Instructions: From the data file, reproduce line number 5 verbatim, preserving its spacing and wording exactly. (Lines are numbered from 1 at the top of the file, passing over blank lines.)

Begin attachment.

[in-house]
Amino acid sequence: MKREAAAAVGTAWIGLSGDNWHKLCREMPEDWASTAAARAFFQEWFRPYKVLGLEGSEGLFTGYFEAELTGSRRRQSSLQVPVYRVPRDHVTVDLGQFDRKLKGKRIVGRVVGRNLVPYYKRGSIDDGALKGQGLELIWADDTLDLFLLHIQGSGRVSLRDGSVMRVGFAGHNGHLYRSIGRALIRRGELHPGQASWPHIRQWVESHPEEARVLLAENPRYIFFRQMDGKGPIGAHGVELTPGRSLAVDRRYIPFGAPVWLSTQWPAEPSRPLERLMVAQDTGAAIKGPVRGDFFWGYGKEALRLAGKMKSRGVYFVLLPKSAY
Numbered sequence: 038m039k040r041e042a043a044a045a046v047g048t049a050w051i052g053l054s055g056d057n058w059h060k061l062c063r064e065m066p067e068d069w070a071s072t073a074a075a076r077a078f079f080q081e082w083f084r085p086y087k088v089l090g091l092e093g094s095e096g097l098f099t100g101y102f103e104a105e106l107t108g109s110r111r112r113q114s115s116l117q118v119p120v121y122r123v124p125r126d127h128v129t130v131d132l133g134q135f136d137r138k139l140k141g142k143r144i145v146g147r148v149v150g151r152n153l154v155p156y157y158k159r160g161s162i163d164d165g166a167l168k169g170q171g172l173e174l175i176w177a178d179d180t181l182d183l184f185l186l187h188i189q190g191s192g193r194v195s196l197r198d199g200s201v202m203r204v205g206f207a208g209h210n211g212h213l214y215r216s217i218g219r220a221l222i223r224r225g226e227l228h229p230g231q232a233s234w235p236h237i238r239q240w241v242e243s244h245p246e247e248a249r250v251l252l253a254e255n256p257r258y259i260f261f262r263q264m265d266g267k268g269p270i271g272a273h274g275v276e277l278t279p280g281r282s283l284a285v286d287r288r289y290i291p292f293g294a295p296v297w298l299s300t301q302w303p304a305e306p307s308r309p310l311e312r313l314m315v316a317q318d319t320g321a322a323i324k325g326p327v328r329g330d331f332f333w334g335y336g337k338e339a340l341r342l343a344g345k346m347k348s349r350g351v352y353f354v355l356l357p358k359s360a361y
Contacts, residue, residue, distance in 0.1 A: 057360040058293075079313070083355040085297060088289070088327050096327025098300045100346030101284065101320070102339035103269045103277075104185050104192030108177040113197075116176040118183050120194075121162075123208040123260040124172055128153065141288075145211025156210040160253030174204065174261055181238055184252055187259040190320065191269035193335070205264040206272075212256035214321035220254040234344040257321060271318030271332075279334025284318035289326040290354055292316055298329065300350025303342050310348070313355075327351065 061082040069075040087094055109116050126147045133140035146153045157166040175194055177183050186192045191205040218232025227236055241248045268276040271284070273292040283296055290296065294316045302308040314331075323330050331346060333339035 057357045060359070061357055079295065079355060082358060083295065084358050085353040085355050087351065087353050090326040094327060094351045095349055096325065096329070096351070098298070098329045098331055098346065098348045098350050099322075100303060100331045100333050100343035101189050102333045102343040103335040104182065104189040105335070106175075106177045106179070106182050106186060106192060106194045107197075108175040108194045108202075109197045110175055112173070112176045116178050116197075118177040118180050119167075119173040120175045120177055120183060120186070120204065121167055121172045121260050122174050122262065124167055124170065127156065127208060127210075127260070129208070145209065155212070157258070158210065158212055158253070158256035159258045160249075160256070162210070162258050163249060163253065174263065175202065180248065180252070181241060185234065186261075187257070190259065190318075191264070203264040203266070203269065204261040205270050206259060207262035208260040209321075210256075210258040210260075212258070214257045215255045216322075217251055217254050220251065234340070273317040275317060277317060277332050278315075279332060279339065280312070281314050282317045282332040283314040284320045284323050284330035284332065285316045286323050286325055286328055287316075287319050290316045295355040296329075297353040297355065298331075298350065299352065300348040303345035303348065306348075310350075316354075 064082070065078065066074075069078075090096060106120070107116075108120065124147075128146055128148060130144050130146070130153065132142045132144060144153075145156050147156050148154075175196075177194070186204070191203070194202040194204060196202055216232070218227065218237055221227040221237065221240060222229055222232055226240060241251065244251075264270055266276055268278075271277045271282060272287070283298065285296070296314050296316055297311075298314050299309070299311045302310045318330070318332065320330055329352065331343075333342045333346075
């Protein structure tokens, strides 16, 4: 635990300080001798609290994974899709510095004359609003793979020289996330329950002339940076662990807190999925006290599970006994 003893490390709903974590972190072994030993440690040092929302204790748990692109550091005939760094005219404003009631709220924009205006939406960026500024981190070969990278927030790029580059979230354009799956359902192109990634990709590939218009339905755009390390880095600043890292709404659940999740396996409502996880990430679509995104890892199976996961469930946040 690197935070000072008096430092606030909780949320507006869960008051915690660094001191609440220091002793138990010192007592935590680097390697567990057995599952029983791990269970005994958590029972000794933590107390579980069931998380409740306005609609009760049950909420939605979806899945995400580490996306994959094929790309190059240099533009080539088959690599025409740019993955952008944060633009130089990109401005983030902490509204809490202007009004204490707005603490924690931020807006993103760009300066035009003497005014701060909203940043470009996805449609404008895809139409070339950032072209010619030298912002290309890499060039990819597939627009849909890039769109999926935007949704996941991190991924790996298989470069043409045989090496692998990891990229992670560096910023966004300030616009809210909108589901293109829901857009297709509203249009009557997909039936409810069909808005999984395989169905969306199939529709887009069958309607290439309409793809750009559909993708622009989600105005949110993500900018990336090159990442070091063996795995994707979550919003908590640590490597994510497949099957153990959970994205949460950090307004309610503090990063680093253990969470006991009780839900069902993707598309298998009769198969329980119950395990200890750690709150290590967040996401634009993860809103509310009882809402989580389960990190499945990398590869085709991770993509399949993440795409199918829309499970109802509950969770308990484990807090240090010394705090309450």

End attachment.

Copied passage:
């Protein structure tokens, strides 16, 4: 635990300080001798609290994974899709510095004359609003793979020289996330329950002339940076662990807190999925006290599970006994 003893490390709903974590972190072994030993440690040092929302204790748990692109550091005939760094005219404003009631709220924009205006939406960026500024981190070969990278927030790029580059979230354009799956359902192109990634990709590939218009339905755009390390880095600043890292709404659940999740396996409502996880990430679509995104890892199976996961469930946040 690197935070000072008096430092606030909780949320507006869960008051915690660094001191609440220091002793138990010192007592935590680097390697567990057995599952029983791990269970005994958590029972000794933590107390579980069931998380409740306005609609009760049950909420939605979806899945995400580490996306994959094929790309190059240099533009080539088959690599025409740019993955952008944060633009130089990109401005983030902490509204809490202007009004204490707005603490924690931020807006993103760009300066035009003497005014701060909203940043470009996805449609404008895809139409070339950032072209010619030298912002290309890499060039990819597939627009849909890039769109999926935007949704996941991190991924790996298989470069043409045989090496692998990891990229992670560096910023966004300030616009809210909108589901293109829901857009297709509203249009009557997909039936409810069909808005999984395989169905969306199939529709887009069958309607290439309409793809750009559909993708622009989600105005949110993500900018990336090159990442070091063996795995994707979550919003908590640590490597994510497949099957153990959970994205949460950090307004309610503090990063680093253990969470006991009780839900069902993707598309298998009769198969329980119950395990200890750690709150290590967040996401634009993860809103509310009882809402989580389960990190499945990398590869085709991770993509399949993440795409199918829309499970109802509950969770308990484990807090240090010394705090309450």